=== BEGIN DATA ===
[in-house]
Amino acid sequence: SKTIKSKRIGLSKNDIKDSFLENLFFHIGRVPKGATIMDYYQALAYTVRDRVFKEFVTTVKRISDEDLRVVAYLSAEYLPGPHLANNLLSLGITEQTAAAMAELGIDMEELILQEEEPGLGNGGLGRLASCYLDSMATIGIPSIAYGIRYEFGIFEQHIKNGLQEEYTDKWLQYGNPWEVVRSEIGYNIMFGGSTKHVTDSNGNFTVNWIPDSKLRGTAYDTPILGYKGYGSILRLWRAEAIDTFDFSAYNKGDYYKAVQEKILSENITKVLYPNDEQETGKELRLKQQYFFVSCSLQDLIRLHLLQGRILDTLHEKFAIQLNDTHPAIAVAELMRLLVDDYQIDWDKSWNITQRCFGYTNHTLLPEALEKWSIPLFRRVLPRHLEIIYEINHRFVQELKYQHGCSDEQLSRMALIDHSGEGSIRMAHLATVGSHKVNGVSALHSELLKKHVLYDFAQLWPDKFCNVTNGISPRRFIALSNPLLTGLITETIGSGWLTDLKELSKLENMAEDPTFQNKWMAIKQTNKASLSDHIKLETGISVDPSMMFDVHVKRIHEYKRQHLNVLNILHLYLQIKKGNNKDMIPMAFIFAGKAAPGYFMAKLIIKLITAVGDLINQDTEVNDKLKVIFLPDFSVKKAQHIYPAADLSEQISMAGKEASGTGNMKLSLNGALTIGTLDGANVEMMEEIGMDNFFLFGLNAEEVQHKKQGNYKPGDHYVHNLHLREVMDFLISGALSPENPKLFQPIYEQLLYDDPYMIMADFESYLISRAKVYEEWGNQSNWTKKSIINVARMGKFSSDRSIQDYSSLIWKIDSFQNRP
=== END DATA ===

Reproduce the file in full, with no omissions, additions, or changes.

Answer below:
[in-house]
Amino acid sequence: SKTIKSKRIGLSKNDIKDSFLENLFFHIGRVPKGATIMDYYQALAYTVRDRVFKEFVTTVKRISDEDLRVVAYLSAEYLPGPHLANNLLSLGITEQTAAAMAELGIDMEELILQEEEPGLGNGGLGRLASCYLDSMATIGIPSIAYGIRYEFGIFEQHIKNGLQEEYTDKWLQYGNPWEVVRSEIGYNIMFGGSTKHVTDSNGNFTVNWIPDSKLRGTAYDTPILGYKGYGSILRLWRAEAIDTFDFSAYNKGDYYKAVQEKILSENITKVLYPNDEQETGKELRLKQQYFFVSCSLQDLIRLHLLQGRILDTLHEKFAIQLNDTHPAIAVAELMRLLVDDYQIDWDKSWNITQRCFGYTNHTLLPEALEKWSIPLFRRVLPRHLEIIYEINHRFVQELKYQHGCSDEQLSRMALIDHSGEGSIRMAHLATVGSHKVNGVSALHSELLKKHVLYDFAQLWPDKFCNVTNGISPRRFIALSNPLLTGLITETIGSGWLTDLKELSKLENMAEDPTFQNKWMAIKQTNKASLSDHIKLETGISVDPSMMFDVHVKRIHEYKRQHLNVLNILHLYLQIKKGNNKDMIPMAFIFAGKAAPGYFMAKLIIKLITAVGDLINQDTEVNDKLKVIFLPDFSVKKAQHIYPAADLSEQISMAGKEASGTGNMKLSLNGALTIGTLDGANVEMMEEIGMDNFFLFGLNAEEVQHKKQGNYKPGDHYVHNLHLREVMDFLISGALSPENPKLFQPIYEQLLYDDPYMIMADFESYLISRAKVYEEWGNQSNWTKKSIINVARMGKFSSDRSIQDYSSLIWKIDSFQNRP